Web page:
DVLP: He’s been someone who I’ve always looked up to, because, honestly, especially in the rap game, I don’t see that many people that work as hard as Wayne does. Wayne is a guy that is always recording. With that said, there are songs that have been recorded and songs that are being recorded, so you never really know what is going to make the album until the very last minute. Even the day of mastering, he’s changing bars or switching up portions of a song. I can say that the records that are possibles to make the album are amazing. I don’t like speaking too prematurely, but normally what me and Wayne make ends up standing out and being something pretty special. I think this album will have a lot of great records on it. He’s putting a lot of energy into it. I feel like he’s passionate about this album. He seems like he’s more passionate with this album than he has been with the last couple of albums. You want that passion from him. I know I want that. I’m a fan. I feel as fans we want that great Wayne who was spitting that shit back. With the time I spent with him in the studio it felt like he was back to being his old self. It was reminiscent of the way he used to really go in and lay that shit down, so I’m excited.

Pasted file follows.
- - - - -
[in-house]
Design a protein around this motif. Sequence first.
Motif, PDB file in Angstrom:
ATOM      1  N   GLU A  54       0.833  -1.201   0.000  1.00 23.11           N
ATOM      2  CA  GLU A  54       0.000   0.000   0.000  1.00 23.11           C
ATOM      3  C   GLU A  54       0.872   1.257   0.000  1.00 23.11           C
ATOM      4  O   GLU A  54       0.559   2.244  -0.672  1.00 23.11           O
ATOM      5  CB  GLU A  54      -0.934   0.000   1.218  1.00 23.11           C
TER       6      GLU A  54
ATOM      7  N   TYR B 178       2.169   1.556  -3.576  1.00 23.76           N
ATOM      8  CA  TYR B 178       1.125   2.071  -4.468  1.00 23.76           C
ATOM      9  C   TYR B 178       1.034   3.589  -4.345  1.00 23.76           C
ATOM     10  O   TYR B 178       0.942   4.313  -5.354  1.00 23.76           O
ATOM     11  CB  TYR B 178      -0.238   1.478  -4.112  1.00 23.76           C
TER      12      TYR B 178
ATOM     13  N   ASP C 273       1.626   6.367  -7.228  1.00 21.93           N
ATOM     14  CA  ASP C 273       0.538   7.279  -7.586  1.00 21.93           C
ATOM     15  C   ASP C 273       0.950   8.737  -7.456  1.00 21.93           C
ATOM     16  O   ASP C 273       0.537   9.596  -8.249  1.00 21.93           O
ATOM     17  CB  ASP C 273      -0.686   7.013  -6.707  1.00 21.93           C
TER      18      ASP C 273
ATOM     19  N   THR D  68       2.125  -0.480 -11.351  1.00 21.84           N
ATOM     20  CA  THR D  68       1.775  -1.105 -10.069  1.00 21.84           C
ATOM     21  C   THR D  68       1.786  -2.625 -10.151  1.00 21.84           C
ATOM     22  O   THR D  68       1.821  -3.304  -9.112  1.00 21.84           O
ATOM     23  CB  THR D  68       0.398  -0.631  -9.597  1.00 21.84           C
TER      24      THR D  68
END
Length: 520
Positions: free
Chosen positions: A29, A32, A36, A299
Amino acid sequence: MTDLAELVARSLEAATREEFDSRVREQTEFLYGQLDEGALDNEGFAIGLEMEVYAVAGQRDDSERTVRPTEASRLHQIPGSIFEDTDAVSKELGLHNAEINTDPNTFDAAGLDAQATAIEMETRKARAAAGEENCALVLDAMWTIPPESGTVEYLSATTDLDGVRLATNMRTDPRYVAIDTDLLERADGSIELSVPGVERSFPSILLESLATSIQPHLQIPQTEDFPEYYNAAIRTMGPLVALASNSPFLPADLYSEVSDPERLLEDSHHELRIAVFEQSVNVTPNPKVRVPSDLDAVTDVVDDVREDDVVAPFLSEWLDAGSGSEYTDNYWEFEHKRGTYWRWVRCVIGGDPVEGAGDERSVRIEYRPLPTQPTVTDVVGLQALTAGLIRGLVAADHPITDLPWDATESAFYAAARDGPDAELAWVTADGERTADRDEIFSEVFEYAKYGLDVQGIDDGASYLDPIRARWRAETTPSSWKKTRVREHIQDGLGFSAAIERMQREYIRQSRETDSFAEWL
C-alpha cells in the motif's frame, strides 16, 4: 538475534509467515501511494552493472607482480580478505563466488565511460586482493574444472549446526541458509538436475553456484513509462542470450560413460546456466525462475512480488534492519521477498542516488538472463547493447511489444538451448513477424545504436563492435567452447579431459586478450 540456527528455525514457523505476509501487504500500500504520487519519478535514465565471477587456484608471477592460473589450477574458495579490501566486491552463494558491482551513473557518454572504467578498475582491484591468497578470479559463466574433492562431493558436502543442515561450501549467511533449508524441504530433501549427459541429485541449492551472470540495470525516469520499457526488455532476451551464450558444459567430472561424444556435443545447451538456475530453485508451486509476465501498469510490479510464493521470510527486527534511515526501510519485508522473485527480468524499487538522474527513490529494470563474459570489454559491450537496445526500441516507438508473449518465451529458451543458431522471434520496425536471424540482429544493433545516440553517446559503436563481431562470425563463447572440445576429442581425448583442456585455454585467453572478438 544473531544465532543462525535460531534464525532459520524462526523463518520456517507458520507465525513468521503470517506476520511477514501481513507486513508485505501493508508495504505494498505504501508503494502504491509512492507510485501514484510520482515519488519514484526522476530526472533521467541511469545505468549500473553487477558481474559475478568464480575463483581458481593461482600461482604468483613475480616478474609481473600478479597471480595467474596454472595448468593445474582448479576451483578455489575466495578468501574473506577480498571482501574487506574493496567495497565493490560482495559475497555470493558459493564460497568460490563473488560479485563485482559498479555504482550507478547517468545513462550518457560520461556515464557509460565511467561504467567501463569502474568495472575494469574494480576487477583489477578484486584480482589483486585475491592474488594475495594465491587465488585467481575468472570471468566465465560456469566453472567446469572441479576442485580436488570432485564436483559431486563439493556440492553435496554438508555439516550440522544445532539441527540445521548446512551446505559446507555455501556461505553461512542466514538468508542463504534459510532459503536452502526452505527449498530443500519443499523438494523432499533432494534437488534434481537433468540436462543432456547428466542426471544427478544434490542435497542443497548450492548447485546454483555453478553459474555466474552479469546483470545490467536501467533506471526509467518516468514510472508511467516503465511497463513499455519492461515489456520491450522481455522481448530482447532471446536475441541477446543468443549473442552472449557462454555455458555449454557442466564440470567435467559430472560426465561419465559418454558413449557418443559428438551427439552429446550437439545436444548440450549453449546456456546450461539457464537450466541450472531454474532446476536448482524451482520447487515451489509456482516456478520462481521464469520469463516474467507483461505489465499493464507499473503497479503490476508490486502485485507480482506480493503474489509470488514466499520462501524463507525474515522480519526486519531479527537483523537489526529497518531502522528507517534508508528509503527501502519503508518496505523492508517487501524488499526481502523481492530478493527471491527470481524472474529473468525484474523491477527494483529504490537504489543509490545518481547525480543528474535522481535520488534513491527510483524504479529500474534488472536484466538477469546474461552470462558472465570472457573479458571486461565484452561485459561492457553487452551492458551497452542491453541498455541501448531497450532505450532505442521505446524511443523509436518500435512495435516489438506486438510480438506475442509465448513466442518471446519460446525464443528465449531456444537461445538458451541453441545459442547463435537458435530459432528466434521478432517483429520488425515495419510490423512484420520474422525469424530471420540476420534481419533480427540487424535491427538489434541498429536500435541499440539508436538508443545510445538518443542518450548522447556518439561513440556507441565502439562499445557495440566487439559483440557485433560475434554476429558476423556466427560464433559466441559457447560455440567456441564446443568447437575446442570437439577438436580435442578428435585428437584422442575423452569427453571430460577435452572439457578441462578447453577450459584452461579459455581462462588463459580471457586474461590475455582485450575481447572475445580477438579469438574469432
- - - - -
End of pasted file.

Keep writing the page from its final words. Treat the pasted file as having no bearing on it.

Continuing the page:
L+T: You’ve been working with Lil Wayne ever since you produced “Fireman” for him. How did you initially link up with him?
DVLP: “Fireman” came out in 2005, but that beat was made sometime in 2003. I was sitting on it for quite a bit. Around that time, I was working heavily with Juelz Santana, because besides doing production for him, I was pretty much his engineer. He randomly hit me one day saying that Wayne was coming into town and that I should come by the studio. He said they needed an engineer to cut vocals and that I could also throw Wayne some beats. That’s back when we were still using CDs. I ended up giving Wayne a beat CD with probably nine tracks. I got a call from him later that week saying that he wanted to cut vocals to six of the nine records that I left him. One of those records happened to be “Fireman.” There were different versions of that record. Most of the other records he cut from that initial beat tape ended up coming out on the mixtape circuit back when records were just leaking all over the place. I did produce two other joints on Tha Carter II, which were “Hit Em Up” and “Feel Me.”